That is why we feel it necessary to draw attention to the fact that when the House considered the Criminal Justice Bill and the Police and Magistrates' Courts Bill, matters consolidated in this legislation were raised on the Floor of the House. We gave the Government an opportunity to give local authorities—in co-operation with the police, probation service and other appropriate agencies—a statutory responsibility to combat drug abuse and to educate young people as part and parcel of a national drug prevention strategy.

Such a strategy, in conjunction with the measures in this consolidation Bill, would effectively bring into play the powers of the House and the responsibilities of the Home Office, the Attorney-General and the Lord Chancellor's Department, together with the police and local authorities on the ground, to end this evil trade.

We give the measure a welcome, but feel able to raise only two cheers for the Government, because there remains much more to be done.

10.22 pm
The Solicitor-General

The only issue before the House is whether the existing law should be consolidated in the Bill or left as it is, in a number of different statutes. I did not hear the hon. Member for Brent, South (Mr. Boateng) suggest that, but if he were to have his way and not approve the consolidation, we would be left with the Criminal Justice Act 1988, Criminal Justice Act 1993, Criminal Justice (International Co-operation) Act 1990 and Criminal Justice and Public Order Bill that is shortly to reach the statute book—all of which cover different provisions that are brought together in the Drug Trafficking Bill.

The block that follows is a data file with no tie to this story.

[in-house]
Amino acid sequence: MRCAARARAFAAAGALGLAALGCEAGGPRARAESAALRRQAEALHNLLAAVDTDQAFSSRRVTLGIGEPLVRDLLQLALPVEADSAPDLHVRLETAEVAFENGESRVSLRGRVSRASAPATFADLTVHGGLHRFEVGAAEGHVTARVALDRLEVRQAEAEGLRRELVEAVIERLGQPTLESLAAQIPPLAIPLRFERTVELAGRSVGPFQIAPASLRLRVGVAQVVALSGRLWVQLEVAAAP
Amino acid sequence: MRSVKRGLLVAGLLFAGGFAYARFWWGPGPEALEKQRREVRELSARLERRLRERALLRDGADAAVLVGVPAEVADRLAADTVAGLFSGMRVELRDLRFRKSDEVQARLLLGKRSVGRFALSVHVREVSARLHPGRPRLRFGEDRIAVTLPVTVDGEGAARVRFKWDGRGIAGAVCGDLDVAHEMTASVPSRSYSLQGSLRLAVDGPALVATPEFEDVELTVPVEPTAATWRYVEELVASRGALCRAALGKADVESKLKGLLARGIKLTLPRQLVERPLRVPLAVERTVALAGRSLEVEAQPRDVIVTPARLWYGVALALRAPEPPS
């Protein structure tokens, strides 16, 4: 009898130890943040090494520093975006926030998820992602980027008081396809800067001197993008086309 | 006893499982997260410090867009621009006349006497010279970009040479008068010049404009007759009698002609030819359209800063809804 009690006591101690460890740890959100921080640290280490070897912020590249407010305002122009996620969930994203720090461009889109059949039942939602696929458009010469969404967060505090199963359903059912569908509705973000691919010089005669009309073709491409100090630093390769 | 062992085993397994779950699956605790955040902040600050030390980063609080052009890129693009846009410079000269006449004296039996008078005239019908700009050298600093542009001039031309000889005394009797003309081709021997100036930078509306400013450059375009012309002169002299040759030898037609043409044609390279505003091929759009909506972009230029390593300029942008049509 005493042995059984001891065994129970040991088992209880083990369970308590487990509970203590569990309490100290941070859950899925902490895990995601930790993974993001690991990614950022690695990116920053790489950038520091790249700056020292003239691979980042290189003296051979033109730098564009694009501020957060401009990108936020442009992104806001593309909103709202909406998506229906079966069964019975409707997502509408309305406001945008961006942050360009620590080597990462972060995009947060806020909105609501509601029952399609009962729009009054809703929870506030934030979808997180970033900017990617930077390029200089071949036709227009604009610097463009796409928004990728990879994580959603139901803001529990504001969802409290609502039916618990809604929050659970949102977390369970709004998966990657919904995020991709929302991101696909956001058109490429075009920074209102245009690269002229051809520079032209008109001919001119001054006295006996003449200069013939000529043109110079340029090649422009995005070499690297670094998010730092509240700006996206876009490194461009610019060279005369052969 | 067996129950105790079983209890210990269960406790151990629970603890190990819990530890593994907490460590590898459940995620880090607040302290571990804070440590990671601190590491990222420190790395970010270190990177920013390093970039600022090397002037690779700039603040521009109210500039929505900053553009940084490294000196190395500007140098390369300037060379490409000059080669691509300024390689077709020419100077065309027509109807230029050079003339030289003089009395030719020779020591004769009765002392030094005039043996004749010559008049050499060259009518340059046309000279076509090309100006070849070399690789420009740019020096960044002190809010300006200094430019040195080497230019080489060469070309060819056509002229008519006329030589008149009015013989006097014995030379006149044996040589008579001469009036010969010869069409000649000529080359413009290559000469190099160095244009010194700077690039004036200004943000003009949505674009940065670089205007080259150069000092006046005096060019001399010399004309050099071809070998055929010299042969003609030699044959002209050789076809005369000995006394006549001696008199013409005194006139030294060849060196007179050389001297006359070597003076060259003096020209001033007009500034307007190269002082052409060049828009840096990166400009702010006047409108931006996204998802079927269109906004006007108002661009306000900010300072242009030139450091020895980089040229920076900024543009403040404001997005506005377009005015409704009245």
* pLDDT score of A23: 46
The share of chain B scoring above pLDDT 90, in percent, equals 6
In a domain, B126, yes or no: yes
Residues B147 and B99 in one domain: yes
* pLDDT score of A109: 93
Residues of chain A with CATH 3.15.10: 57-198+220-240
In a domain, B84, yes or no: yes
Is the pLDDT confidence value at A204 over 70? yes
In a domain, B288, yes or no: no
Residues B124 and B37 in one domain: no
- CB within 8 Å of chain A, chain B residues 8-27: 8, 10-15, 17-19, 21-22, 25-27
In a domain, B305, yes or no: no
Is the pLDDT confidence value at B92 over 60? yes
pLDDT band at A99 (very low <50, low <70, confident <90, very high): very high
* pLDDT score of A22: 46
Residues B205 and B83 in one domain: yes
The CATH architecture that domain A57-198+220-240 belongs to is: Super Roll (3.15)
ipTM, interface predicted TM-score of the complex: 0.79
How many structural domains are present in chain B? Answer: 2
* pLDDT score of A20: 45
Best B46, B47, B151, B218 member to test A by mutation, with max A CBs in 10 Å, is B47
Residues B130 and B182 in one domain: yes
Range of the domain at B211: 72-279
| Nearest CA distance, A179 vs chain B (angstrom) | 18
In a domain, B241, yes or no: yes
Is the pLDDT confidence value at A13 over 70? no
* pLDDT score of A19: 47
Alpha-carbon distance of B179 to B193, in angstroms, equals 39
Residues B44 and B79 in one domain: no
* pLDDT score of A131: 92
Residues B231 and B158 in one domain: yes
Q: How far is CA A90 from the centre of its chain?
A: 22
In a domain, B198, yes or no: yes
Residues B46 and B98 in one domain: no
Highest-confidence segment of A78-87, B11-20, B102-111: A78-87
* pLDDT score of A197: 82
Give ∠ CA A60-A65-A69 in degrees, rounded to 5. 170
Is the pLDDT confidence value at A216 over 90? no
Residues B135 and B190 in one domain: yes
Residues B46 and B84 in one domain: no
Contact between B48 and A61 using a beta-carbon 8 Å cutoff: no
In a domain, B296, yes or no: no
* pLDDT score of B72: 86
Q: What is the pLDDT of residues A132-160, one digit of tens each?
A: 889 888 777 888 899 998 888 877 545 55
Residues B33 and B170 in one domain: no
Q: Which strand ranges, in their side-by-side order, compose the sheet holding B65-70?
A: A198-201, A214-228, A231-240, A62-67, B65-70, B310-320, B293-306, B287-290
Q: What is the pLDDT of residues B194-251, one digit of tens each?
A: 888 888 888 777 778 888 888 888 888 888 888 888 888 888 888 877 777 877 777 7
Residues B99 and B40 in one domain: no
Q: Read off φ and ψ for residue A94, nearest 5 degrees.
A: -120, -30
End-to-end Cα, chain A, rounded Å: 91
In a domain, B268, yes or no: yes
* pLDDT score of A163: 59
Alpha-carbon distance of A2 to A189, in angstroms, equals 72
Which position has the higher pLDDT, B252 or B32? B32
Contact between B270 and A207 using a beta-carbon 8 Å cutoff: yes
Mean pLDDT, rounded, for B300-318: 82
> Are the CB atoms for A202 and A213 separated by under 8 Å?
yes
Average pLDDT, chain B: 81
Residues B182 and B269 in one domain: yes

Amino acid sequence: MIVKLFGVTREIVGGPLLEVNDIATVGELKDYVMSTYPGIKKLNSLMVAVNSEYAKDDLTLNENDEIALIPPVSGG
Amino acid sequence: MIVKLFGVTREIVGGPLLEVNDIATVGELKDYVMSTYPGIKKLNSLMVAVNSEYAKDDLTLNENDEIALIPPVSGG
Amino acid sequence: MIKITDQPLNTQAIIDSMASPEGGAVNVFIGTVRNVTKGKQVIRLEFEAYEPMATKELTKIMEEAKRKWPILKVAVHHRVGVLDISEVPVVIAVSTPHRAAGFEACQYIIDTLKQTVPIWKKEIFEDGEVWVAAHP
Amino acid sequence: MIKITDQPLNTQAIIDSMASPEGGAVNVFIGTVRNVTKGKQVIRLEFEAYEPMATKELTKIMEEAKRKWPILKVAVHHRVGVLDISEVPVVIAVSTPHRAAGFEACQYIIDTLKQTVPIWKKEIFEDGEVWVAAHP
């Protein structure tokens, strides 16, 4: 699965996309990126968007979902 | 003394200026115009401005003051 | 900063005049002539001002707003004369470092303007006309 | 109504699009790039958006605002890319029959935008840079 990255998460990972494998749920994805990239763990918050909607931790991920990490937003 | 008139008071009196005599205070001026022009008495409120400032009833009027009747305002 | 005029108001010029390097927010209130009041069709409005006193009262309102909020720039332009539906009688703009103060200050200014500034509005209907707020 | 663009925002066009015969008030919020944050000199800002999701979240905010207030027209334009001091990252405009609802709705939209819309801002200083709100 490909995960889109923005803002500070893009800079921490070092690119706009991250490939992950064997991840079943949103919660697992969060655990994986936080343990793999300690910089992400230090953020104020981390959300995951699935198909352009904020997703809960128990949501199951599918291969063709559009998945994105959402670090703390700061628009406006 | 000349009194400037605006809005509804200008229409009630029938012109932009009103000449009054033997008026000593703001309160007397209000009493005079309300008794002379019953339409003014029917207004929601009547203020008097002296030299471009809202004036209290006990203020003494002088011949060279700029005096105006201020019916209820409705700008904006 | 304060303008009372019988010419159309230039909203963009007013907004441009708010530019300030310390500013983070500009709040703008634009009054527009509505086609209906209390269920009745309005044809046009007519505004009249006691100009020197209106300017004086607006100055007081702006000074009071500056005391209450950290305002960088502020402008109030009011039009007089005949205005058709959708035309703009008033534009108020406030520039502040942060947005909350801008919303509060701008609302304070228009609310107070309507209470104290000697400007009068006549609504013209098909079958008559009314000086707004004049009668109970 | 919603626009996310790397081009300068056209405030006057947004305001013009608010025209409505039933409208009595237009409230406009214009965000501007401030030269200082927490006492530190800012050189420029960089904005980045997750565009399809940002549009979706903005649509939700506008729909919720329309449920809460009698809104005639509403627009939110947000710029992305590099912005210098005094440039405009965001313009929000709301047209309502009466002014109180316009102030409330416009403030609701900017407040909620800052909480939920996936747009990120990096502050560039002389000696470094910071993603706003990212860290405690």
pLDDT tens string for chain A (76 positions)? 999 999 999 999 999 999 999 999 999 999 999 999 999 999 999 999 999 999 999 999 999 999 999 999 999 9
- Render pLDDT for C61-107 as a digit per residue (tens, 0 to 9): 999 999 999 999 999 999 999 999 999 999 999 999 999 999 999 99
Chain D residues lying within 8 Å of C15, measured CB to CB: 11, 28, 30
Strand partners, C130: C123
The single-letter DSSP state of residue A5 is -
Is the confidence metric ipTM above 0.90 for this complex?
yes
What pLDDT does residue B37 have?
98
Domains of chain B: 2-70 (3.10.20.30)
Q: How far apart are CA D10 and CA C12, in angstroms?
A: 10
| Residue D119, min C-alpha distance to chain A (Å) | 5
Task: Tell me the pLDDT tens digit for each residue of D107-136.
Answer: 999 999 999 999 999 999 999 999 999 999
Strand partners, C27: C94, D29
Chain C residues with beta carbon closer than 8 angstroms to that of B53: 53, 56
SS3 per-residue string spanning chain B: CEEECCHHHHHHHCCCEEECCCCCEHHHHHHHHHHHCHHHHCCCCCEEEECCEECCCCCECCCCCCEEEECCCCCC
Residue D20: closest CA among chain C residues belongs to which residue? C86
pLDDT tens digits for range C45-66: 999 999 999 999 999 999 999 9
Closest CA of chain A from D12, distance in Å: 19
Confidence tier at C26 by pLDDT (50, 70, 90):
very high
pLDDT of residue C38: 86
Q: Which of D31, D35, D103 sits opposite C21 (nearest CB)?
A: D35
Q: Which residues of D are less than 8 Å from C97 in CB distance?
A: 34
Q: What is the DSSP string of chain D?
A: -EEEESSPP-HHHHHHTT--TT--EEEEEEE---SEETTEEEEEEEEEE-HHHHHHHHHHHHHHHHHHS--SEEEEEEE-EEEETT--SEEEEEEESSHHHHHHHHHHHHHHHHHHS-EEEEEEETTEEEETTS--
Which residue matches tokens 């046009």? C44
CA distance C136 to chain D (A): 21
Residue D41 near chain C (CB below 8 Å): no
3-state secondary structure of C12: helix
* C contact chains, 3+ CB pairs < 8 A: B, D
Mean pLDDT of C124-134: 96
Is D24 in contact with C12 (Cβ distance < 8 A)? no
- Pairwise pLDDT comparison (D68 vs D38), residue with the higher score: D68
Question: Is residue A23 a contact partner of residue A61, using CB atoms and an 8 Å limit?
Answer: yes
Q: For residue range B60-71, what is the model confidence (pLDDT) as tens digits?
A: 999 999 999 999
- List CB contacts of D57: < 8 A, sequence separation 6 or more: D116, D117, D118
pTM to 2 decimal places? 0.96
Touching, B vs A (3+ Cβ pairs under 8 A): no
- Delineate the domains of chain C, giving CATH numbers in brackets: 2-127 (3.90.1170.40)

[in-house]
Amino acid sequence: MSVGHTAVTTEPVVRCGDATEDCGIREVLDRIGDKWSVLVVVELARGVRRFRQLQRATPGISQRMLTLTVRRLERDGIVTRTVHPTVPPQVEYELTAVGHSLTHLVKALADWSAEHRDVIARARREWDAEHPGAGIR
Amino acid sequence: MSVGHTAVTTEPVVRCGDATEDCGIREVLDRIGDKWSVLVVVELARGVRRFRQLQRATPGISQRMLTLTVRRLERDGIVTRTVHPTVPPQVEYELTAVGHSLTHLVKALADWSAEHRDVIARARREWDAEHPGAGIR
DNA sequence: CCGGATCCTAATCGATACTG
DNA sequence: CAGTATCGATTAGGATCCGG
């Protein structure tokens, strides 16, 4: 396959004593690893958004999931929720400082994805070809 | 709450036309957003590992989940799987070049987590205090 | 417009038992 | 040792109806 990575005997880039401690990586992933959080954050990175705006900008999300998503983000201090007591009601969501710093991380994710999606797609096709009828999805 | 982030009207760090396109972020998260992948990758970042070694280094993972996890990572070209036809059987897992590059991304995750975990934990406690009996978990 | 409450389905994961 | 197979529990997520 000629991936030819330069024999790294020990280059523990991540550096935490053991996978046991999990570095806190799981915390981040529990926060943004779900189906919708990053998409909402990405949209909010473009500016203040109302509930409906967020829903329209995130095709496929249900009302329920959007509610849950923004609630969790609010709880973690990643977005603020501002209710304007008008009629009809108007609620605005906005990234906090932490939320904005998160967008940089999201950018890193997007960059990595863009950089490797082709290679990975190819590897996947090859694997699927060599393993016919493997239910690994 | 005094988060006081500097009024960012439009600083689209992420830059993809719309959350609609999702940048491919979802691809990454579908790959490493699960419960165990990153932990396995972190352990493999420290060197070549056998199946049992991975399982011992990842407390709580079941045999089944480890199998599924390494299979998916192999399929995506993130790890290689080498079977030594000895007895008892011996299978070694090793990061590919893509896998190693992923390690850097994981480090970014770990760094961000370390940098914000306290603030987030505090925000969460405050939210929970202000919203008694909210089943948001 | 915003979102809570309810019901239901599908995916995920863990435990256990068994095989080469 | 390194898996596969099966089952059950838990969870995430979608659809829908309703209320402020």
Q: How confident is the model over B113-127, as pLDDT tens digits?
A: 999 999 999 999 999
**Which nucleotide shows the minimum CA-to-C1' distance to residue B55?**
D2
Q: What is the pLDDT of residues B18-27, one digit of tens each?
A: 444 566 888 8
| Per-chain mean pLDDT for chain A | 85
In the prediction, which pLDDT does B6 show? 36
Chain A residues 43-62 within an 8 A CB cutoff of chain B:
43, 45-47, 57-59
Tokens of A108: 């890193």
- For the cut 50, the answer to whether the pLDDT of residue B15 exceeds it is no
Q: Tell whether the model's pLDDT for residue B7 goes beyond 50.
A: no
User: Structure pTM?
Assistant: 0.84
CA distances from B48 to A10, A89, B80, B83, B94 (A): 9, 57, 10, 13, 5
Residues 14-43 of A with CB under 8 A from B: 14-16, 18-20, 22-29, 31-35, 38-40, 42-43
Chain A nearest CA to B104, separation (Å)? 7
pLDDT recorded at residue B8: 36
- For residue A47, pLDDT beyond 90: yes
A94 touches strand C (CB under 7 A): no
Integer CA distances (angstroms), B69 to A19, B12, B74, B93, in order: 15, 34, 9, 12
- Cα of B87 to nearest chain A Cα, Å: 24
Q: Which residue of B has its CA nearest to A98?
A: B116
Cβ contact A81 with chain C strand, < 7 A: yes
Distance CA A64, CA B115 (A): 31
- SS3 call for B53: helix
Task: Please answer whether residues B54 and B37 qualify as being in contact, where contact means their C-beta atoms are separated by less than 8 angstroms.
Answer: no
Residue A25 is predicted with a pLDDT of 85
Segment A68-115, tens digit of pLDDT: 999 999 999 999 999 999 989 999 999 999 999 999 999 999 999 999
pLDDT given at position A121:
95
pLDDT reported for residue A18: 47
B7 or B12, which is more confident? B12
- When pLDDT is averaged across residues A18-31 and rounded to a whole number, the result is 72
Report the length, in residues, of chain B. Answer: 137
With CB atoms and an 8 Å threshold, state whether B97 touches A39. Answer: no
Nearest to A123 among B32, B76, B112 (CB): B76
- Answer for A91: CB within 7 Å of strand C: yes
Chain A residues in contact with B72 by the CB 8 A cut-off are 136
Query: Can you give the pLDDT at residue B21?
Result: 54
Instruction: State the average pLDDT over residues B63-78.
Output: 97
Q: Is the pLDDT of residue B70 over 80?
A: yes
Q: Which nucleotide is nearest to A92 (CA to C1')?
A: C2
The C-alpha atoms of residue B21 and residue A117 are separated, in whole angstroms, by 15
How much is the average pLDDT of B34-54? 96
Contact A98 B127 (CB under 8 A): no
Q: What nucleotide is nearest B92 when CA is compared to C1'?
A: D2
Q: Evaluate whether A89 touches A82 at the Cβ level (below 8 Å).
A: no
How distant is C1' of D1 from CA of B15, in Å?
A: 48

I am always grateful for any suggestions from my hon. Friend the Member for Lewes (Mr. Rathbone), especially on this subject. However, if my hon. Friend were to get his way, we would not have the opportunity to make this consolidation and my hon. Friend would have been deprived of his opportunity to make the comments that he did.

The hon. Member for Brent, South has not been paying attention to the national drug strategy that the Government have pursued for a considerable time, which was recently extended and to which my right hon. Friend the Prime Minister referred in a speech only a fortnight ago.

Mr. Boateng

We have been paying particular attention tothe national drug prevention strategy. Our concern is its inadequacy. Let me give the Solicitor-General an example, if I may, since he chooses—

Madam Speaker

Order. This is, I believe, an intervention, not another speech.

Mr. Boateng

I wonder whether I could draw to the attention of the hon. and learned Gentleman—[Interruption.] Well, I am asked to put my comments in the form of a question. I will do so. Is the Minister aware of the concerns of local authorities, throughout the country, including police authorities, about the failure of the Government to put their money where their mouths are in terms of the national drug prevention strategy? Without such money, such a strategy is worthless.

The Solicitor-General

I am aware of the contrary position in my constituency of Brighton, Pavilion, where there is a very active drug prevention unit. In other parts of the country, where they are necessary, there are similar units.

Question put and agreed to.

Bill accordingly read a Second time.

Bill committed to a Committee of the whole House.—[Mr. Bates.]

Bill immediately considered in Committee; reported without amendment; considered; read the Third time, and passed, without amendment.